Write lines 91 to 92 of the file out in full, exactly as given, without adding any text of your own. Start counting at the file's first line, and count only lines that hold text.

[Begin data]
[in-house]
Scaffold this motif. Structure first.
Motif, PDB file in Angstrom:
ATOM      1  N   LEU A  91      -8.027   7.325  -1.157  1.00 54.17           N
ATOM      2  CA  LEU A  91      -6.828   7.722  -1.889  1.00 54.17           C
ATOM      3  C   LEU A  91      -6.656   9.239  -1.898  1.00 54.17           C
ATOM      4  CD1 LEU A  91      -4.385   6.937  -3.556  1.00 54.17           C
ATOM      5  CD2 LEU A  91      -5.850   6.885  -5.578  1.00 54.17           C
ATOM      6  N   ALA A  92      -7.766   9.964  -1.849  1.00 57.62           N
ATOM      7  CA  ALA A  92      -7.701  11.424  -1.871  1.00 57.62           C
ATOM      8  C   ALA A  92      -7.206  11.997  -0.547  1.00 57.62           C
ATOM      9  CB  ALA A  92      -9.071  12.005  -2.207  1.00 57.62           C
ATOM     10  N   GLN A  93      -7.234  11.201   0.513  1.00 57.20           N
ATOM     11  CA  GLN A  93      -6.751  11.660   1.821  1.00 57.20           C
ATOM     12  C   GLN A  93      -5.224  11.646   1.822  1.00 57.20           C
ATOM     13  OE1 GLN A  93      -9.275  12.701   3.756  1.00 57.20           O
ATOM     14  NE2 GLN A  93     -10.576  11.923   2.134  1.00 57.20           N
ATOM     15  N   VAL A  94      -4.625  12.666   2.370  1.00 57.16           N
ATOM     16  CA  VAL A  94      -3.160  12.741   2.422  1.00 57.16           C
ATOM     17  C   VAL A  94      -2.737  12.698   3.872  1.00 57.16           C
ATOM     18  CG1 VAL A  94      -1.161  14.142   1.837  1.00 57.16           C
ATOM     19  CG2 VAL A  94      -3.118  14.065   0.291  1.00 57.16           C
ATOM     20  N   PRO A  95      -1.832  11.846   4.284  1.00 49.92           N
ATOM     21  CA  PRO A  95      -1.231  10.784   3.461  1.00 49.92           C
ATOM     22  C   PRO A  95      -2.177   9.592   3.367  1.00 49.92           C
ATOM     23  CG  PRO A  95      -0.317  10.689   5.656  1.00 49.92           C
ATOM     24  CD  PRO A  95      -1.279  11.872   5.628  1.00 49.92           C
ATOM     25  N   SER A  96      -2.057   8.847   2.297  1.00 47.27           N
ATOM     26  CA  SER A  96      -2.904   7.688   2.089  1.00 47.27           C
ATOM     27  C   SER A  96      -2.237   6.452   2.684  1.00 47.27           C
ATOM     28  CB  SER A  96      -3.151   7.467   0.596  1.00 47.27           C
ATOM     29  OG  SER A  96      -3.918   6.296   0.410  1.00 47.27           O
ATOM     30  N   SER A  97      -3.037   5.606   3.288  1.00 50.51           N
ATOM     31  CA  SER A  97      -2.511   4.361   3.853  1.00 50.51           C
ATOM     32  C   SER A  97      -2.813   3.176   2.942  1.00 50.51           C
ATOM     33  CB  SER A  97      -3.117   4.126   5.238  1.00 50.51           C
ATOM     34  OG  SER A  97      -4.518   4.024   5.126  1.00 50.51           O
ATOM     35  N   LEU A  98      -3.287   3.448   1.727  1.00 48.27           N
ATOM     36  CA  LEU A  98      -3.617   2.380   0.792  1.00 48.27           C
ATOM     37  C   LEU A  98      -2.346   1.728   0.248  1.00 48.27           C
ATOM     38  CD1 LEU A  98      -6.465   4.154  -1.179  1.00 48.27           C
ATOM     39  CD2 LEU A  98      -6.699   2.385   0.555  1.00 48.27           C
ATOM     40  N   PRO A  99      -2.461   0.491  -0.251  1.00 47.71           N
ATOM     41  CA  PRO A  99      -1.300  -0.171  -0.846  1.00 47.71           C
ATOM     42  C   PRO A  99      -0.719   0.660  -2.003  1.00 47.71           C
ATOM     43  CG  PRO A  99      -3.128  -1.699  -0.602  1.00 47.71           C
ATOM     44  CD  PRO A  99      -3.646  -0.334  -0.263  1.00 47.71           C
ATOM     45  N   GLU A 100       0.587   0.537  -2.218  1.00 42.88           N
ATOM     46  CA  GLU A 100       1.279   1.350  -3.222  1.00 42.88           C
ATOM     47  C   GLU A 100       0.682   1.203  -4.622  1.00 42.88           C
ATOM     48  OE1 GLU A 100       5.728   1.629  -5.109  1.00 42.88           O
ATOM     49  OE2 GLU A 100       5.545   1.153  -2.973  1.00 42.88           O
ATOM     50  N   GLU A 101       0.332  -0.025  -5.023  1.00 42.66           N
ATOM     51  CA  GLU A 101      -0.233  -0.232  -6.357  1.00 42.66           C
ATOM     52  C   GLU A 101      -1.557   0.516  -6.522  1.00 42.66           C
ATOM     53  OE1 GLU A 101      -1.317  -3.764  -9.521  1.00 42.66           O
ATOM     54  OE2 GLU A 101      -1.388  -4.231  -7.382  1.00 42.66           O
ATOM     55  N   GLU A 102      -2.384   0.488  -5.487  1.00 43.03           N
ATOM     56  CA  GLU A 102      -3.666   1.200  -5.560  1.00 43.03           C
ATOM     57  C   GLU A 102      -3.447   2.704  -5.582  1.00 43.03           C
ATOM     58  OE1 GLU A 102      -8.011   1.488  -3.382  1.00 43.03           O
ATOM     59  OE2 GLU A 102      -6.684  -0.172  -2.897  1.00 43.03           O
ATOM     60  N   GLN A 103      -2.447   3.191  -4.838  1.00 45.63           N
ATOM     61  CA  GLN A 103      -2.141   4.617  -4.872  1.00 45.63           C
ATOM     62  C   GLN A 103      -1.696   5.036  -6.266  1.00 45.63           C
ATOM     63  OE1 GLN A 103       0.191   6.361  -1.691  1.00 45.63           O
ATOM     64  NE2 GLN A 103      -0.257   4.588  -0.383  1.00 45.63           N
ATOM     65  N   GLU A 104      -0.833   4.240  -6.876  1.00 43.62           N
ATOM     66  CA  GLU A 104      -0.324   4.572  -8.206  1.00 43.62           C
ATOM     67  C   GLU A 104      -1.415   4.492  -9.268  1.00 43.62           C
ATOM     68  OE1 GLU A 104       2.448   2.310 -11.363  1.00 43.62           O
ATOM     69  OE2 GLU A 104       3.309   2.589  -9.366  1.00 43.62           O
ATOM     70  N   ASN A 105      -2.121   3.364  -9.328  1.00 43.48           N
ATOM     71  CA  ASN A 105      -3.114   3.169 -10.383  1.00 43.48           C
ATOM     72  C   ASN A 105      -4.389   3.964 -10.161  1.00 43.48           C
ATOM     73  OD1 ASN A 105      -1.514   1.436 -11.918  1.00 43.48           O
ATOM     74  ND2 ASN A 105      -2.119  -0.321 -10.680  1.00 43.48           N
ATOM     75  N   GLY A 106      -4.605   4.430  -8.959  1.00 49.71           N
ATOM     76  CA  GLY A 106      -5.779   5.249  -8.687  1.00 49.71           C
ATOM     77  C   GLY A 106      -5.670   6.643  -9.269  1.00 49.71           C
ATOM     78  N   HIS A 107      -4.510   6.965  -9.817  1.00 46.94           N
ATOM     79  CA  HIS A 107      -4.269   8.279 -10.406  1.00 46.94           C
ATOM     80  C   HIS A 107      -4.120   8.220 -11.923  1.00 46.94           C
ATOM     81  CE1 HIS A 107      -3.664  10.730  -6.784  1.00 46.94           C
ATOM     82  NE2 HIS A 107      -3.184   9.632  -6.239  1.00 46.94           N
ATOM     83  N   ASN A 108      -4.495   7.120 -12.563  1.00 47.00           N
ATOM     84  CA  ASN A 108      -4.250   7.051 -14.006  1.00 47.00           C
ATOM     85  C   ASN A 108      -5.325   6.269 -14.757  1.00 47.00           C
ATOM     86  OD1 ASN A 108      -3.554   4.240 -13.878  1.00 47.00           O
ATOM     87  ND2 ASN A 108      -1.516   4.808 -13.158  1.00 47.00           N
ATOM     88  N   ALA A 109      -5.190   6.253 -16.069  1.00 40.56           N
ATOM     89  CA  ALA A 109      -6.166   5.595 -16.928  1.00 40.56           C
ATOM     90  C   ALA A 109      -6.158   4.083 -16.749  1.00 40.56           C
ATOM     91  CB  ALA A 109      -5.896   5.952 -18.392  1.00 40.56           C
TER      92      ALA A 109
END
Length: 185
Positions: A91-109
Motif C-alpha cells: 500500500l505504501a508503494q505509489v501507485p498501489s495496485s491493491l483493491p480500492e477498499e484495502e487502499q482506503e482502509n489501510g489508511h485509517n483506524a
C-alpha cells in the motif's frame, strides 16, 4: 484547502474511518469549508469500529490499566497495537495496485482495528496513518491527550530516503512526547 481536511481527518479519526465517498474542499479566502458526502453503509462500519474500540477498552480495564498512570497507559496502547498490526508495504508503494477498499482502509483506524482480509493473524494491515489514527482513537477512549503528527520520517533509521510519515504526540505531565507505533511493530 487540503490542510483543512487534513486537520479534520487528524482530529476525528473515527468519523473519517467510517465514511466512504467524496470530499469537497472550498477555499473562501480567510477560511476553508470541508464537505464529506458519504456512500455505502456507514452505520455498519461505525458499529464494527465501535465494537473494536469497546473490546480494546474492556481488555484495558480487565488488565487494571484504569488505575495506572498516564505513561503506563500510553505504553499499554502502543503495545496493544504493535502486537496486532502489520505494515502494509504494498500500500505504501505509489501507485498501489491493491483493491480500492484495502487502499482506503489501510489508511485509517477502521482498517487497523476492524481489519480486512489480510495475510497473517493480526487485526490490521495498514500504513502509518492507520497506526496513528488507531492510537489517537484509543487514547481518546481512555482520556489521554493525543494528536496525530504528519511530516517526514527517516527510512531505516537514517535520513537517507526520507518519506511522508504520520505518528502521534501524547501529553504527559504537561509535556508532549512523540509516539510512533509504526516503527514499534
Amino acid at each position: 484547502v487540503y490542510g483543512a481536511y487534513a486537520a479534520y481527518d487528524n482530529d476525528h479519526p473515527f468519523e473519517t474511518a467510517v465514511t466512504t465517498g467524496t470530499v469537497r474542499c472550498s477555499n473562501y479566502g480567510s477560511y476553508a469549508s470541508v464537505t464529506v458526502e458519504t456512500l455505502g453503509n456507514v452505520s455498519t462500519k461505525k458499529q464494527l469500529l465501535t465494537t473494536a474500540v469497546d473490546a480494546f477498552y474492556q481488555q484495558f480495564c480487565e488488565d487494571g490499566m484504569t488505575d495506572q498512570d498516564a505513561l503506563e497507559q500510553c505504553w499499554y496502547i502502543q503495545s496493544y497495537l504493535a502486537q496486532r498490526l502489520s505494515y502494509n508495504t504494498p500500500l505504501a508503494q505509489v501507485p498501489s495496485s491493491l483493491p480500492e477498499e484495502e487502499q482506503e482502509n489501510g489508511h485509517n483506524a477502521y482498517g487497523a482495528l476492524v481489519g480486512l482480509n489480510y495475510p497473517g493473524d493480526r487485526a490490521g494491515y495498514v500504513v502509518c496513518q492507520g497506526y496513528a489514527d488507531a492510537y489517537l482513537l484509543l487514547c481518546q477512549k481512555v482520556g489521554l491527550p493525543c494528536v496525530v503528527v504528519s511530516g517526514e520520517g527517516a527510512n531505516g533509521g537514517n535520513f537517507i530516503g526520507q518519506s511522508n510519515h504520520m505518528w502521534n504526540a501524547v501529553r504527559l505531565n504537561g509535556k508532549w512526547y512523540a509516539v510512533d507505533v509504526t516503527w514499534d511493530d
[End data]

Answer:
ATOM     88  N   ALA A 109      -5.190   6.253 -16.069  1.00 40.56           N
ATOM     89  CA  ALA A 109      -6.166   5.595 -16.928  1.00 40.56           C